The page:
28 Oct – All Our Yesterdays!

I thought, as the season draws to a close, it might be interesting to reflect on what was going on at the Racecourse Station at this juncture in previous years. That said I’m afraid our blog diaries only go back 3 or so years so it’s not exactly a long historical perspective. It’s more a sort of short term ‘All our Yesterdays’ (and writing that certainly dates anyone who can recall the TV series of the same name). So, as an occasional feature I will reflect on what activities were taking place in late October 2018, 2017 & 2016 – compared to this year.

2019. This year, along side clearing up ‘aprés le déluge’ as it were, we managed to rid ourselves of some of the accumulated debris of the last quarter century or so!

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2018. At the same time last year I note that a glamorous and youthful team (Ben, Wiley and self) were busy raking acres of pine needles from the Platform 2 embankment, a task I’m not sure we ever entirely finished, nor ever will.



The thing which is most striking is that the ground looks so dry! And no, it’s not climate change, just a rainy autumn 2019.

2017. Twelve months earlier than that the emphasis appears to have been on scrub clearance as we made our way through 40 years of overgrowth on the Platform 1 embankment with bonfires aplenty.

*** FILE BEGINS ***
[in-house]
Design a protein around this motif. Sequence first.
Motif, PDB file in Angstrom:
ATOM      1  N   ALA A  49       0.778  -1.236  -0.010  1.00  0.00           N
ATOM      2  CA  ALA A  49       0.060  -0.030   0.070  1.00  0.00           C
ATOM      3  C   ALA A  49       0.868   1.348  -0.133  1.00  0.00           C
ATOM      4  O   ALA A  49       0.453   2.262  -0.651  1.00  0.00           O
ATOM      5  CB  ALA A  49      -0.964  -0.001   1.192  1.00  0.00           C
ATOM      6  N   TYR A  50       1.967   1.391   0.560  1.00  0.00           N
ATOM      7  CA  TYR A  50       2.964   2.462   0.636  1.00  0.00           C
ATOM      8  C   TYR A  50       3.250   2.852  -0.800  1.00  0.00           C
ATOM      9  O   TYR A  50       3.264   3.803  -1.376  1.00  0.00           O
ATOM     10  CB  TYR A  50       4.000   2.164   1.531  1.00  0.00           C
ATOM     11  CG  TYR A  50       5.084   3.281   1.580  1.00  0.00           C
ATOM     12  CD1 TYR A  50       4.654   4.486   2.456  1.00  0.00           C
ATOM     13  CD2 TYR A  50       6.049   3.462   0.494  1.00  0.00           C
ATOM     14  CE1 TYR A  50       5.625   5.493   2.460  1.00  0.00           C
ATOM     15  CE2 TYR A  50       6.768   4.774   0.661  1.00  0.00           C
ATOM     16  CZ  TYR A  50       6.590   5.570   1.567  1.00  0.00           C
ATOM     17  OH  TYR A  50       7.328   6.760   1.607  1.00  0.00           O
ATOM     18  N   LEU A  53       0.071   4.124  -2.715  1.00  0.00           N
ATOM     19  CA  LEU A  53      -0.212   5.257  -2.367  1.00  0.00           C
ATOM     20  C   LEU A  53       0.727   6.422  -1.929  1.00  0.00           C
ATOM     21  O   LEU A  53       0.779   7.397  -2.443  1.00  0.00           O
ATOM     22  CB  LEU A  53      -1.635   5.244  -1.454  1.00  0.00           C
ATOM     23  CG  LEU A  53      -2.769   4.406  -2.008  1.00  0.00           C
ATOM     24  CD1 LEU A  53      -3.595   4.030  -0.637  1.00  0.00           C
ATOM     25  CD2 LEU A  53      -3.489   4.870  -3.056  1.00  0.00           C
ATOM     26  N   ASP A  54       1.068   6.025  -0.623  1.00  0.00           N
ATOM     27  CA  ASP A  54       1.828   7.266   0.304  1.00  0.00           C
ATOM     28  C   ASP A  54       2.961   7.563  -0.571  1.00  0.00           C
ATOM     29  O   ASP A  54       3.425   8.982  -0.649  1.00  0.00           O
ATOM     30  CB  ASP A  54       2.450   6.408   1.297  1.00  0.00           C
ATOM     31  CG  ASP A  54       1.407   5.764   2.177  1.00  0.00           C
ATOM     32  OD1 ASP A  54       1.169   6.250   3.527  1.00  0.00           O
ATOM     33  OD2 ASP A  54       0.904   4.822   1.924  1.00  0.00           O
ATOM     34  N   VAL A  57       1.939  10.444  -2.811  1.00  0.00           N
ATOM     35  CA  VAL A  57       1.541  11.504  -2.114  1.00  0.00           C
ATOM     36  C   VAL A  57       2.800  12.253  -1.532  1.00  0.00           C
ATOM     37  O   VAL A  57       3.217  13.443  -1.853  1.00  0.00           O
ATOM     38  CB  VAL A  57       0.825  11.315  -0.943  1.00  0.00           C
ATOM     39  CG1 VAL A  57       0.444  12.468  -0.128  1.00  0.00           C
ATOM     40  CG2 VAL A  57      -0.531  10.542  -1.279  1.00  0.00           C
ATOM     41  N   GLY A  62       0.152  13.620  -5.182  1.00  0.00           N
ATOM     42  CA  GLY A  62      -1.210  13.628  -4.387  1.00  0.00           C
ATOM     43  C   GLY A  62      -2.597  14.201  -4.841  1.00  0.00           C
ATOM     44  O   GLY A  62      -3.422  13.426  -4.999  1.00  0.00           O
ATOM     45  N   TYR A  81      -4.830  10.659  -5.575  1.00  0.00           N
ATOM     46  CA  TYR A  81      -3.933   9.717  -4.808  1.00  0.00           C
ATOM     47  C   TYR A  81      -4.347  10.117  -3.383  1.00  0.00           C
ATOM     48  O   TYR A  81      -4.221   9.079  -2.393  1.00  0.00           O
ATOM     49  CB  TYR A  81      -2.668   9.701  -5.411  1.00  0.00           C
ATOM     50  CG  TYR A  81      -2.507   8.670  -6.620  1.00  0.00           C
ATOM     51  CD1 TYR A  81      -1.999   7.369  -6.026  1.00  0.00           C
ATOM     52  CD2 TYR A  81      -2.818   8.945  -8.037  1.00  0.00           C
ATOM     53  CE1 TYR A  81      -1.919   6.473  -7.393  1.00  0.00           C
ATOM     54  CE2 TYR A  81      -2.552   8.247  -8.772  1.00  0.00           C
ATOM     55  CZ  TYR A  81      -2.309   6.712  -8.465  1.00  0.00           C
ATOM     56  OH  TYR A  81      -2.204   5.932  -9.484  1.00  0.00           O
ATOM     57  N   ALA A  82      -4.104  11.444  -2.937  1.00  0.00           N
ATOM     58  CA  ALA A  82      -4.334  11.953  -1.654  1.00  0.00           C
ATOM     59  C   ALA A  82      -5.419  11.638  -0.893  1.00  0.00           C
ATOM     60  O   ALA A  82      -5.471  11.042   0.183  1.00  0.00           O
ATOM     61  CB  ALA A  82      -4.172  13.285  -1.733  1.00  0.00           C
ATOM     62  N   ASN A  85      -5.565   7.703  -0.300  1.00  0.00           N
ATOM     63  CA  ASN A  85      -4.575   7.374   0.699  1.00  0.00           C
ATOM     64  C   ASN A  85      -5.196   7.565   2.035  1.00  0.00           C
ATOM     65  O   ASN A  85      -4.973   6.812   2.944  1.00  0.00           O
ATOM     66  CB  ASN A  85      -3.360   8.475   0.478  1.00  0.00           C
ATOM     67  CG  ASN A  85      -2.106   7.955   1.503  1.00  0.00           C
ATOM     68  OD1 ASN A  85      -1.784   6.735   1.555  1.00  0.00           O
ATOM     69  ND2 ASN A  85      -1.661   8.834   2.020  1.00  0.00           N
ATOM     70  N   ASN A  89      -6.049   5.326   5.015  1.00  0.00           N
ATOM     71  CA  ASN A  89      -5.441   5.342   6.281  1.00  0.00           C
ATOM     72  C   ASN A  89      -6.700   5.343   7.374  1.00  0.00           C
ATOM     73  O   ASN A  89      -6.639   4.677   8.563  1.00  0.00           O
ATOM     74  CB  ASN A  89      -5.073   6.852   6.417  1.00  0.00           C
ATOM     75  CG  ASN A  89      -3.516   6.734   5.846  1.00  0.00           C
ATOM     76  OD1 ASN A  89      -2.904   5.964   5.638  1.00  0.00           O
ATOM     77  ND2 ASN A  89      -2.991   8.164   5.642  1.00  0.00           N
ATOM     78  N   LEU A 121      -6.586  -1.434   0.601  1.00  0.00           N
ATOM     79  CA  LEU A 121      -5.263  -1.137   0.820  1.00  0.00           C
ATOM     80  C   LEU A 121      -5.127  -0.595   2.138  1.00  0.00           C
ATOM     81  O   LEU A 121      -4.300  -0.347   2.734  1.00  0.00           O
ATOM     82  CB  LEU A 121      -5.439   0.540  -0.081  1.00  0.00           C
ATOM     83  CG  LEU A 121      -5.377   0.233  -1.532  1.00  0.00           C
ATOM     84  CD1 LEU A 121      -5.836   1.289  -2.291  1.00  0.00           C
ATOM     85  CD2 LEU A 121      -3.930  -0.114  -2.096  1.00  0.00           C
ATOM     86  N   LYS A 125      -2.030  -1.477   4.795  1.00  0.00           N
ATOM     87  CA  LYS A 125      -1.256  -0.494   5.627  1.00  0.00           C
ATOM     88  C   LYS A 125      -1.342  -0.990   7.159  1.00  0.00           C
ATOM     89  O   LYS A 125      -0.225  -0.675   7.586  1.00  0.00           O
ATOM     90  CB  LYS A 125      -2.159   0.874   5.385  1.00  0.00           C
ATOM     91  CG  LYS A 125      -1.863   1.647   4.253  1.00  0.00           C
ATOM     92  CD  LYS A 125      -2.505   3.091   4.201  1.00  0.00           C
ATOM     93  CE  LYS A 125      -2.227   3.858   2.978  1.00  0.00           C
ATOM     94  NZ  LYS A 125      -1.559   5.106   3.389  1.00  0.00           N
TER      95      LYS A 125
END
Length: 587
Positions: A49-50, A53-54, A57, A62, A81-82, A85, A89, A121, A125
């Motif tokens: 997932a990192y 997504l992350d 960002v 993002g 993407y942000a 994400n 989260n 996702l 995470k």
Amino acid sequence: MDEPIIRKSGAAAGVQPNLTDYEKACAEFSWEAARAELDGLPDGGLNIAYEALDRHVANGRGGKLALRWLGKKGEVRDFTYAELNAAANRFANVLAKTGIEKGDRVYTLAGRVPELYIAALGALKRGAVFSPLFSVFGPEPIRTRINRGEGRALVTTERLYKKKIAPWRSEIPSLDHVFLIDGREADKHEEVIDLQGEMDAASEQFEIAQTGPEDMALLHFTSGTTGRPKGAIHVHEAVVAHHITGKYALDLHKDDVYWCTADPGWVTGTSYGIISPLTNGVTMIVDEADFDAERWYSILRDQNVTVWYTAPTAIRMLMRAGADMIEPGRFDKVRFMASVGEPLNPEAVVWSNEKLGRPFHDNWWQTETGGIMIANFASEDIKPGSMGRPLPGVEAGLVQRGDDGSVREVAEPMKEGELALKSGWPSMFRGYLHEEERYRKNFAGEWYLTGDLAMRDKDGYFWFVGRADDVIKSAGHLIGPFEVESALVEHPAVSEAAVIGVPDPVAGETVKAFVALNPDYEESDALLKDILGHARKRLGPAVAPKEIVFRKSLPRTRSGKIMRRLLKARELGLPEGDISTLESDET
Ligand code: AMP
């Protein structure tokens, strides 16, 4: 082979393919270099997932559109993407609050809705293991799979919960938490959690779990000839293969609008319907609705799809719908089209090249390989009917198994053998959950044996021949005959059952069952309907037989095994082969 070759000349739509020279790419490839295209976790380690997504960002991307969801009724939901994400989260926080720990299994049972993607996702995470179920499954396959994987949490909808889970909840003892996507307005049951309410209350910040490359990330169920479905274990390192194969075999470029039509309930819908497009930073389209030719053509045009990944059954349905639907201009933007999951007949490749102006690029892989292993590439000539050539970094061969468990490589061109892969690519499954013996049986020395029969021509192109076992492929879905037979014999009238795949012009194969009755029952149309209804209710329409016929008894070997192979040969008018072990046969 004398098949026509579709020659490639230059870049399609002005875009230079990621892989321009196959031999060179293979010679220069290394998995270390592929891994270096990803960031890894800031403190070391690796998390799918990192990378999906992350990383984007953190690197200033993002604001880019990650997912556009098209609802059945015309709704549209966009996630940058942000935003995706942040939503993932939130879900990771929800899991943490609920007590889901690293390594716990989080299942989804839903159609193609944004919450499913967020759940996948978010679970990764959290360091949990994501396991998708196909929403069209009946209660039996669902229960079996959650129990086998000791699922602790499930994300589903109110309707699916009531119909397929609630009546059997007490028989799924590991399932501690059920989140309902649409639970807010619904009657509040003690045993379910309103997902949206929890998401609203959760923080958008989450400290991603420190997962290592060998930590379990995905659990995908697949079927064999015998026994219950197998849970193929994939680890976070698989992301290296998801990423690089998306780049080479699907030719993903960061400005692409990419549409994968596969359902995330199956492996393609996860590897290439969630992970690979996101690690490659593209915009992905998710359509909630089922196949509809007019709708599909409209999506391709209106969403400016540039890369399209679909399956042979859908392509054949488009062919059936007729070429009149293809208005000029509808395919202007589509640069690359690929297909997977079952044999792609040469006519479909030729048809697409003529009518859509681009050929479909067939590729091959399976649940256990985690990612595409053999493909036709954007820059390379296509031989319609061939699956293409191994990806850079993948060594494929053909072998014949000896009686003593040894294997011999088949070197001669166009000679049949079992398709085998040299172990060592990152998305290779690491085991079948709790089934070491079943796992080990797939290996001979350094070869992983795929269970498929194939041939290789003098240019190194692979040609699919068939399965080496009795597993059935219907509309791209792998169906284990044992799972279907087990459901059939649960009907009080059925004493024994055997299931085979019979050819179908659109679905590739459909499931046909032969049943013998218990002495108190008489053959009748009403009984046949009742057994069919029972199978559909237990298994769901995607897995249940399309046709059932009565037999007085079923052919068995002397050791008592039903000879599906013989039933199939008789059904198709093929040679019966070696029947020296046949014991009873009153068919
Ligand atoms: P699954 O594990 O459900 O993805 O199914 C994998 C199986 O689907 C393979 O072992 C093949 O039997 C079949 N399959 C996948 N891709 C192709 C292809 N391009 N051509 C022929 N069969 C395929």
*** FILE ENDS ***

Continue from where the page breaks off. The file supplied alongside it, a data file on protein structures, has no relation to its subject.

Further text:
2016. In 2016, I see we were busy laying paving slabs leading from the ramp to the storage container. Hard to believe now that we used to wheelbarrow across the grass/mud – primitive! (And it’s useful to note the location of that Osma pipe access point!)



The wheelbarrow is parked by what is now known as Ben’s chicane – intended to keep speeds down around the tricky tree section of the track.

It’s good to be able to stand back – if only slightly – from the day-to-day and see where we have made progress. I hesitate to draw any deep conclusions but it seems that we are doing rather less major new work and more general maintenance. The ‘big stuff’ is either done or being left to the specialist teams. I don’t think we are we in danger of ‘finishing the railway’, as one of my colleagues puts it, but we are perhaps evolving how we go about getting there?